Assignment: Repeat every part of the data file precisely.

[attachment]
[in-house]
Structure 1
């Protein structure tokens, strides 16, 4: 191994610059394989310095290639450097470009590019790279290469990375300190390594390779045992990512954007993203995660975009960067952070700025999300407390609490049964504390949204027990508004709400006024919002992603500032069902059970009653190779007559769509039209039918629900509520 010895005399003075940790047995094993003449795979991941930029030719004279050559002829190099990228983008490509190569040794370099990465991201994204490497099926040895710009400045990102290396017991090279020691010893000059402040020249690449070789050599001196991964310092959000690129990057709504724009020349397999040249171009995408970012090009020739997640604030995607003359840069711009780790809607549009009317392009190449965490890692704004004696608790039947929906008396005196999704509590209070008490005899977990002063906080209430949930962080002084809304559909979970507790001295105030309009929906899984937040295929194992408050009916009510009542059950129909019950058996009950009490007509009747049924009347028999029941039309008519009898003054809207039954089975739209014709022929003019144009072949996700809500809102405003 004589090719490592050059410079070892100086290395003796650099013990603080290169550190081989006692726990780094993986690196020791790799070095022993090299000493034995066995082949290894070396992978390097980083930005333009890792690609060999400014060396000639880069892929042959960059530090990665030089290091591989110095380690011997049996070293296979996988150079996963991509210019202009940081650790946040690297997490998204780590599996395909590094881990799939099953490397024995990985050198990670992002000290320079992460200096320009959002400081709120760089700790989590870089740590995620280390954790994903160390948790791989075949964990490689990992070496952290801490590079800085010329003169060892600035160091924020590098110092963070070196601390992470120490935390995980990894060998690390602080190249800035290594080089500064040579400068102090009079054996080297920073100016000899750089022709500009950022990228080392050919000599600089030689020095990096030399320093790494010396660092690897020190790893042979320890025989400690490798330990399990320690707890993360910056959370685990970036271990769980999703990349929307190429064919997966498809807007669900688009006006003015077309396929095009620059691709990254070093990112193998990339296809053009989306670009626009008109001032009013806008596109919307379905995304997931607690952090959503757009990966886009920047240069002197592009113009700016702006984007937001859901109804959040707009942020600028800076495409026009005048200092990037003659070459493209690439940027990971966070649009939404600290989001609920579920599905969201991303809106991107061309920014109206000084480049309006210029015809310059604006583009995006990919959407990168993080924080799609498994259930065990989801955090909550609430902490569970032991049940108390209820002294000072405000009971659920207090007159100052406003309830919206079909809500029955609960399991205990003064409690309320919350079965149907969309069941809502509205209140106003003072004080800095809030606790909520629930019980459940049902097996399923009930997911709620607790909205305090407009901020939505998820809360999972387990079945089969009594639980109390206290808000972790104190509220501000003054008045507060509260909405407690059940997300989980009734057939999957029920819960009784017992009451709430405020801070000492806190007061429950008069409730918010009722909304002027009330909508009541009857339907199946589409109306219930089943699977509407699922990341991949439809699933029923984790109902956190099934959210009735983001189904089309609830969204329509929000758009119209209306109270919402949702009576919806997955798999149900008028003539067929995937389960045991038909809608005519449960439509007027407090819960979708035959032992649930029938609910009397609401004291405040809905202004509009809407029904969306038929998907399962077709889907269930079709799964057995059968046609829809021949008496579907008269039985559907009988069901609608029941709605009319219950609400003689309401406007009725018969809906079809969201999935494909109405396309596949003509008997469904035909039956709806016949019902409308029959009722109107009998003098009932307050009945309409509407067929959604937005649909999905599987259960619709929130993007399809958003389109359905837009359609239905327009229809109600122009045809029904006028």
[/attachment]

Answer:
[in-house]
Structure 1
């Protein structure tokens, strides 16, 4: 191994610059394989310095290639450097470009590019790279290469990375300190390594390779045992990512954007993203995660975009960067952070700025999300407390609490049964504390949204027990508004709400006024919002992603500032069902059970009653190779007559769509039209039918629900509520 010895005399003075940790047995094993003449795979991941930029030719004279050559002829190099990228983008490509190569040794370099990465991201994204490497099926040895710009400045990102290396017991090279020691010893000059402040020249690449070789050599001196991964310092959000690129990057709504724009020349397999040249171009995408970012090009020739997640604030995607003359840069711009780790809607549009009317392009190449965490890692704004004696608790039947929906008396005196999704509590209070008490005899977990002063906080209430949930962080002084809304559909979970507790001295105030309009929906899984937040295929194992408050009916009510009542059950129909019950058996009950009490007509009747049924009347028999029941039309008519009898003054809207039954089975739209014709022929003019144009072949996700809500809102405003 004589090719490592050059410079070892100086290395003796650099013990603080290169550190081989006692726990780094993986690196020791790799070095022993090299000493034995066995082949290894070396992978390097980083930005333009890792690609060999400014060396000639880069892929042959960059530090990665030089290091591989110095380690011997049996070293296979996988150079996963991509210019202009940081650790946040690297997490998204780590599996395909590094881990799939099953490397024995990985050198990670992002000290320079992460200096320009959002400081709120760089700790989590870089740590995620280390954790994903160390948790791989075949964990490689990992070496952290801490590079800085010329003169060892600035160091924020590098110092963070070196601390992470120490935390995980990894060998690390602080190249800035290594080089500064040579400068102090009079054996080297920073100016000899750089022709500009950022990228080392050919000599600089030689020095990096030399320093790494010396660092690897020190790893042979320890025989400690490798330990399990320690707890993360910056959370685990970036271990769980999703990349929307190429064919997966498809807007669900688009006006003015077309396929095009620059691709990254070093990112193998990339296809053009989306670009626009008109001032009013806008596109919307379905995304997931607690952090959503757009990966886009920047240069002197592009113009700016702006984007937001859901109804959040707009942020600028800076495409026009005048200092990037003659070459493209690439940027990971966070649009939404600290989001609920579920599905969201991303809106991107061309920014109206000084480049309006210029015809310059604006583009995006990919959407990168993080924080799609498994259930065990989801955090909550609430902490569970032991049940108390209820002294000072405000009971659920207090007159100052406003309830919206079909809500029955609960399991205990003064409690309320919350079965149907969309069941809502509205209140106003003072004080800095809030606790909520629930019980459940049902097996399923009930997911709620607790909205305090407009901020939505998820809360999972387990079945089969009594639980109390206290808000972790104190509220501000003054008045507060509260909405407690059940997300989980009734057939999957029920819960009784017992009451709430405020801070000492806190007061429950008069409730918010009722909304002027009330909508009541009857339907199946589409109306219930089943699977509407699922990341991949439809699933029923984790109902956190099934959210009735983001189904089309609830969204329509929000758009119209209306109270919402949702009576919806997955798999149900008028003539067929995937389960045991038909809608005519449960439509007027407090819960979708035959032992649930029938609910009397609401004291405040809905202004509009809407029904969306038929998907399962077709889907269930079709799964057995059968046609829809021949008496579907008269039985559907009988069901609608029941709605009319219950609400003689309401406007009725018969809906079809969201999935494909109405396309596949003509008997469904035909039956709806016949019902409308029959009722109107009998003098009932307050009945309409509407067929959604937005649909999905599987259960619709929130993007399809958003389109359905837009359609239905327009229809109600122009045809029904006028």